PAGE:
You’ve heard of macronutrients and micronutrients. They’re both vital for optimal nutrition. Now, there’s a newly defined category that could be just as important for well-being, one that sits right in between: mesonutrients.
Macronutrients are energy-producing nutrients needed in relatively large quantities in our diet: water, protein, fats, and carbohydrates. Micronutrients, which include vitamins and minerals, are just as crucial, but we only require them in small amounts.
Taking their name from the Greek word meso, which means middle, mesonutrients are the active compounds or ingredients in superfoods that are responsible for their health benefits. In other words, they put the “super” in superfoods.
What’s known as mesodosing involves isolating those substances in order to get a concentrated dose of nutrition.
“It’s the act of supplementing your diet with certain compounds that research has started to identify as beneficial in certain foods,” says Liz Powell, a registered dietitian at Vancouver’s Yaletown Nutrition. “People are taking these superfoods and trying to isolate the key nutrients that makes them ‘super’ to try and get as much benefit as possible in their diet.”
Take turmeric as an example. The health benefits of the spice have been well researched; a member of the ginger family, it has antioxidant and anti-inflammatory properties. These effects are attributed to curcumin, turmeric’s main active ingredient, aka mesonutrient.
This mesonutrient can help manage arthritis, anxiety, and exercise-induced muscle soreness. Mesodosing would involve supplementing with curcumin specifically to get a greater amount of that potent polyphenol and harness its positive impact.
While it might make sense to want to target a particular nutrient to max out on its nutritional goodness, experts say middle-dosing calls for a certain degree of consideration.
Bioavailability is one consideration. The term refers to how much of a substance enters the bloodstream and can have an active effect as a result. Certain mesonutrients may be hard for the body to absorb when ingested on their own; curcumin is one. (Black pepper contains piperine, which has been shown to increase curcumin absorption.)
There are also questions around how much to take of any given mesonutrient. Although we know, for example, that curcumin is a powerful anti-inflammatory, research hasn’t yet revealed the optimal dosage of curcumin. And we also don’t know definitively what the short-term and long-term health effects of particular doses of a single compound might be.
What we do know is that superfood mesonutrients, along with foods loaded with necessary macronutrients and micronutrients are the keys to good health. Eating a healthy whole foods diet will ensure that all the bases are covered—micro, macro, and meso!
Getting a megadose of mesonutrients might be tempting, but before you load up on the concentrated splendour of superfoods, be sure to be careful. And don’t overlook the overall nutritional makeup of superfoods, rather than isolated components of them.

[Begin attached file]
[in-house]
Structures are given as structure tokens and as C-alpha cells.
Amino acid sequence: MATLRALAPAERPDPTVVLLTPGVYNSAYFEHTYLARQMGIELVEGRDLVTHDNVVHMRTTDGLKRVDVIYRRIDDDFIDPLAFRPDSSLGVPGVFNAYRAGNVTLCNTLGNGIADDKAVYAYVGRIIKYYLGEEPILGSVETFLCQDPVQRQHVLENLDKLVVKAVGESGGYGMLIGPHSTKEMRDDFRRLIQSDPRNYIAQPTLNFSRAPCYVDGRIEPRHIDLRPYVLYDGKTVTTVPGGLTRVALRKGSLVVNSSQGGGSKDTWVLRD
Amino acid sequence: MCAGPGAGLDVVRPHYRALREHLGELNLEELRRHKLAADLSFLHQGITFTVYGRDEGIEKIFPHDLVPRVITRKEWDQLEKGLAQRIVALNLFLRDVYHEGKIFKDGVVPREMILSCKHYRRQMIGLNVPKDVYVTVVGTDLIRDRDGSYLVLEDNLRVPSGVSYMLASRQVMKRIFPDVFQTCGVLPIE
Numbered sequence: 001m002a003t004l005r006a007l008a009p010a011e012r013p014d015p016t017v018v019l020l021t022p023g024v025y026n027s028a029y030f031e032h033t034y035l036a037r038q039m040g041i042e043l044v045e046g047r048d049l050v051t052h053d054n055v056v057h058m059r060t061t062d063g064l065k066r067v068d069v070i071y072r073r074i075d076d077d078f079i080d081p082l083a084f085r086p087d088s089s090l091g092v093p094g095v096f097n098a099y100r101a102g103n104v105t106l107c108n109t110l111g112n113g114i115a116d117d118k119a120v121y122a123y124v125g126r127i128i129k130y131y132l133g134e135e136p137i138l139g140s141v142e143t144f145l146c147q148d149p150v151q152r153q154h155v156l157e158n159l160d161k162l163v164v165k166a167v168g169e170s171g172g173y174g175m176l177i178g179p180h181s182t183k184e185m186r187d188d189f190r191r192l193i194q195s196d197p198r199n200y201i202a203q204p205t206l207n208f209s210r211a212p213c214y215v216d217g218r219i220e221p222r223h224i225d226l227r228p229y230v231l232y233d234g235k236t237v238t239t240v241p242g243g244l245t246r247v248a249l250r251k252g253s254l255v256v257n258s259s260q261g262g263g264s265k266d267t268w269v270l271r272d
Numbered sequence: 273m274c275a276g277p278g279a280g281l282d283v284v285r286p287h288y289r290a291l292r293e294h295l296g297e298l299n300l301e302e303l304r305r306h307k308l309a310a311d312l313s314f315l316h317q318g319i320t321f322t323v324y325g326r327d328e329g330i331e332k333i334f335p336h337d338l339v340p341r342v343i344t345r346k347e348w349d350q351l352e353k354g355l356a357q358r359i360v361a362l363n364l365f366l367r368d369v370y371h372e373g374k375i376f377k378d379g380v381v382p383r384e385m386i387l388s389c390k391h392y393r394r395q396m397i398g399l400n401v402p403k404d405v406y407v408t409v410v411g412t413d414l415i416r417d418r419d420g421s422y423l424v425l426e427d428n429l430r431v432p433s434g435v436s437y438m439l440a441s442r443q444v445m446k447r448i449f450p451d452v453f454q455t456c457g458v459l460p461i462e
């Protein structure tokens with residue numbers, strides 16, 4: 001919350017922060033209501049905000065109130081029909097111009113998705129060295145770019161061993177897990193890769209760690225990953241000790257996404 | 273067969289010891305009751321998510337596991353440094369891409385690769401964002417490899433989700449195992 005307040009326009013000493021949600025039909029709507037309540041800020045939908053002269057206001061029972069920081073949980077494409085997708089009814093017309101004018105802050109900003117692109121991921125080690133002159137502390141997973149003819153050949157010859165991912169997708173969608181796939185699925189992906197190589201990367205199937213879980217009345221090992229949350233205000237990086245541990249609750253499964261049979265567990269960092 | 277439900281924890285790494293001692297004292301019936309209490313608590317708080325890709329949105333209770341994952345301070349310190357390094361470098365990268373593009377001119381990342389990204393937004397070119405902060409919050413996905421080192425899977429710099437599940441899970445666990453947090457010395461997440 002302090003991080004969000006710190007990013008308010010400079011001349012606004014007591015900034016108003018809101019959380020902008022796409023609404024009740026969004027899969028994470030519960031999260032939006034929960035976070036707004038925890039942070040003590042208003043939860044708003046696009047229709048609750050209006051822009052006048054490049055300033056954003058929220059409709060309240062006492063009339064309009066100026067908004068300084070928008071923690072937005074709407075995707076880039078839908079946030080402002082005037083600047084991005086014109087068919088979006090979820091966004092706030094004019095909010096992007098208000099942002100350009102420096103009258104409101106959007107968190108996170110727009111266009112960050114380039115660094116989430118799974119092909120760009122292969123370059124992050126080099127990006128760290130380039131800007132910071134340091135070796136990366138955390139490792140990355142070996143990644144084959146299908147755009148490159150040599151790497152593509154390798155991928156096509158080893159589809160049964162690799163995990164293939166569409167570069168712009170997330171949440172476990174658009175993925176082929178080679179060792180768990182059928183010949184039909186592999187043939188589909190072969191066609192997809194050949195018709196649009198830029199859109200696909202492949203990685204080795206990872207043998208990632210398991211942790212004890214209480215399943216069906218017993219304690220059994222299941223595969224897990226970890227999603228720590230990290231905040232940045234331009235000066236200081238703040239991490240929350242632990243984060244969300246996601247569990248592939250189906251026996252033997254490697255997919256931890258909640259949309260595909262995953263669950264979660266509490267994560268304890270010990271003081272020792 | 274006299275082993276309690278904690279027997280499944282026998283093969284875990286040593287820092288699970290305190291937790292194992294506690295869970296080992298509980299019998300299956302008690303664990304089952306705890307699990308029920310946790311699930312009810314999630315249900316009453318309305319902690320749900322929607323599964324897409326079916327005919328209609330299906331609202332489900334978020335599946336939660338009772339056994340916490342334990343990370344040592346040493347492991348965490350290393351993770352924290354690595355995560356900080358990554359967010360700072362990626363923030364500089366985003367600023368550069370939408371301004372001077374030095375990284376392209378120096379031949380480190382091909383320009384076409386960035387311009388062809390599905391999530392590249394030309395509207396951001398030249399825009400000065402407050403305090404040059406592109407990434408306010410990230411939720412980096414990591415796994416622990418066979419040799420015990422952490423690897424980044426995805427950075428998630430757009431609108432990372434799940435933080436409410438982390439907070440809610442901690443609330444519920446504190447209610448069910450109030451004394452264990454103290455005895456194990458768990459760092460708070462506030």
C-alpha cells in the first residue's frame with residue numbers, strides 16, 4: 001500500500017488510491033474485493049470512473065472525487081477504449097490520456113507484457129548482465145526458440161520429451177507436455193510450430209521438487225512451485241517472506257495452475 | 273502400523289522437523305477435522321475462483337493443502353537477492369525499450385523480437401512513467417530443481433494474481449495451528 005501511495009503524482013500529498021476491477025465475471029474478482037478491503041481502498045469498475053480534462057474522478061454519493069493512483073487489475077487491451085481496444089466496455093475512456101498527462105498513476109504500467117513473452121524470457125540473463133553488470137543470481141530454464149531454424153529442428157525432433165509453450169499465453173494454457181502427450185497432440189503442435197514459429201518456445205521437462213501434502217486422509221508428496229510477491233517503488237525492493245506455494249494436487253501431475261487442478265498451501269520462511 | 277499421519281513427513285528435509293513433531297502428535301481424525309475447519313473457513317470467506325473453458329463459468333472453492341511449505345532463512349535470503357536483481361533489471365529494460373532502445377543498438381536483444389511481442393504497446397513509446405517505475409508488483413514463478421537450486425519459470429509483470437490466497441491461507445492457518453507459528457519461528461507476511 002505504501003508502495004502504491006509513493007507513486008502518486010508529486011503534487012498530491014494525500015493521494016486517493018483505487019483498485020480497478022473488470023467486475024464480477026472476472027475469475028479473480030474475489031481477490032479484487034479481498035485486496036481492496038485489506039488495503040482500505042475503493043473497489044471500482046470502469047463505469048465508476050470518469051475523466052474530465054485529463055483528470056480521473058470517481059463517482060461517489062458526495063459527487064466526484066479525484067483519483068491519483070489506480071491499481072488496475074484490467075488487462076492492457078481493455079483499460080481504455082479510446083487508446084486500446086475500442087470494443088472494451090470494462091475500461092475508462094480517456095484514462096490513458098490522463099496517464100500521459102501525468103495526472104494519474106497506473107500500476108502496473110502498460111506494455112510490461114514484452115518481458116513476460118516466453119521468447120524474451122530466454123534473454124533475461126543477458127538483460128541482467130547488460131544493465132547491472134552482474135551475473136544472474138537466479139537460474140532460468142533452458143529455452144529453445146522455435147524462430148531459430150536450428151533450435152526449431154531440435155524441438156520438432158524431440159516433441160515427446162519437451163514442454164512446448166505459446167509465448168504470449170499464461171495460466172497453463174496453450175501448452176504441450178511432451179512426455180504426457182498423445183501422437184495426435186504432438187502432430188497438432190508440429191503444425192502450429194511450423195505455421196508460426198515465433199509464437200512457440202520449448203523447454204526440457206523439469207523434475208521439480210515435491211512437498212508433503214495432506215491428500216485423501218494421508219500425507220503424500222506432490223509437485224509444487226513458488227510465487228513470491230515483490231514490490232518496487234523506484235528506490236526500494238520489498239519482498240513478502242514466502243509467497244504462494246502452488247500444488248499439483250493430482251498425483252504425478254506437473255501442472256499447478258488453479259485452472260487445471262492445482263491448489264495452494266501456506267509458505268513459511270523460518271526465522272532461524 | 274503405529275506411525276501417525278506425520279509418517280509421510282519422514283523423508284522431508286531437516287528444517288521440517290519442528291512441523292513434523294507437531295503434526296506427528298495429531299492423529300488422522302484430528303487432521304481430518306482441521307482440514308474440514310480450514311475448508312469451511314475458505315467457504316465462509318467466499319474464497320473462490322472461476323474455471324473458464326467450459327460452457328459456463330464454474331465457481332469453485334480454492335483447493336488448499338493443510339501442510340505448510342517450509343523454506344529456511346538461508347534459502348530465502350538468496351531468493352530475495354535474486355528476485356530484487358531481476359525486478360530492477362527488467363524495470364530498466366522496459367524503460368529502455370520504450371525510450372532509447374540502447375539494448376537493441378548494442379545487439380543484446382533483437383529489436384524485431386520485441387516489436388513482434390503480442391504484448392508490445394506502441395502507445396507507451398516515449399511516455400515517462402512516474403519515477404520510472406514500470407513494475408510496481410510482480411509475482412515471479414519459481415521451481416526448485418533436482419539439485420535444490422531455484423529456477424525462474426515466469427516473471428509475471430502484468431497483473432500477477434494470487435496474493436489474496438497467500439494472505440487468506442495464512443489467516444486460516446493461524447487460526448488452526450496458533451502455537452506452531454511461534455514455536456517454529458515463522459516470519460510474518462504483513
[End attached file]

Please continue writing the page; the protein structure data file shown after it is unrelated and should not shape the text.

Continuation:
“Therapeutic dosing will have an impact on the body, which might not be for everybody,” says Dr. Alexia Harris, naturopathic physician at Sage Clinic Vancouver. “Just like medications, herbal medicines are very powerful, and you want to dose it the way it’s recommended. Even with matcha green tea, it’s so good for you, but it’s not recommended in pregnancy because it has caffeine. So it’s important to be careful.”
Besides curcumin, here are some of the many other mesonutrients worth noting.
Safranal is one of the main active ingredients in saffron, the orangey-red spice that comes from the dried stigma of crocus flowers.
Having been used for centuries in traditional healing modalities, it’s said to have antioxidant, antitumour, antidiabetic, and anti-inflammatory effects. Safranal may also be helpful in treating depression, Alzheimer’s disease, and age-related macular degeneration.
Green tea has been consumed for millennia as a healing beverage. EGCC (epigallocatechin gallate) is the drink’s most abundant catechin, a type of antioxidant, which has powerful anticancer properties.
EGCG holds great promise in cancer prevention because of its bioavailability, safety, and low cost. The substance is also being studied for its role in improving cardiovascular and metabolic health.
Berberine is a bitter yellow compound found in several plants, including European barberry and goldenseal, a medicinal herb.
Berberine is sometimes taken for diabetes, because it seems to regulate how the body uses blood sugar. Some people take it to alleviate high cholesterol and high blood pressure. The substance has also been shown to reduce the pain and redness of canker sores, when applied in gel form. Emerging research suggests berberine may also be effective in treating second-degree burns and lowering the death rate in some people with congestive heart failure.
EPA (eicosapentaenoic acid) and DHA (docosahexaenoic acid) are long-chain highly unsaturated fatty omega-3 acids which are synthesized by algae and marine plants.
Found in fish and their oils and krill oil, these substances are present in every cell in the human body and are essential for growth and health. They provide our bodies with energy and support healthy cardiovascular, pulmonary, immune, and endocrine function. DHA, in particular, is found in abundance in our brains and retinas.
Gail Johnson is a Vancouver-based writer, broadcaster, and fitness instructor.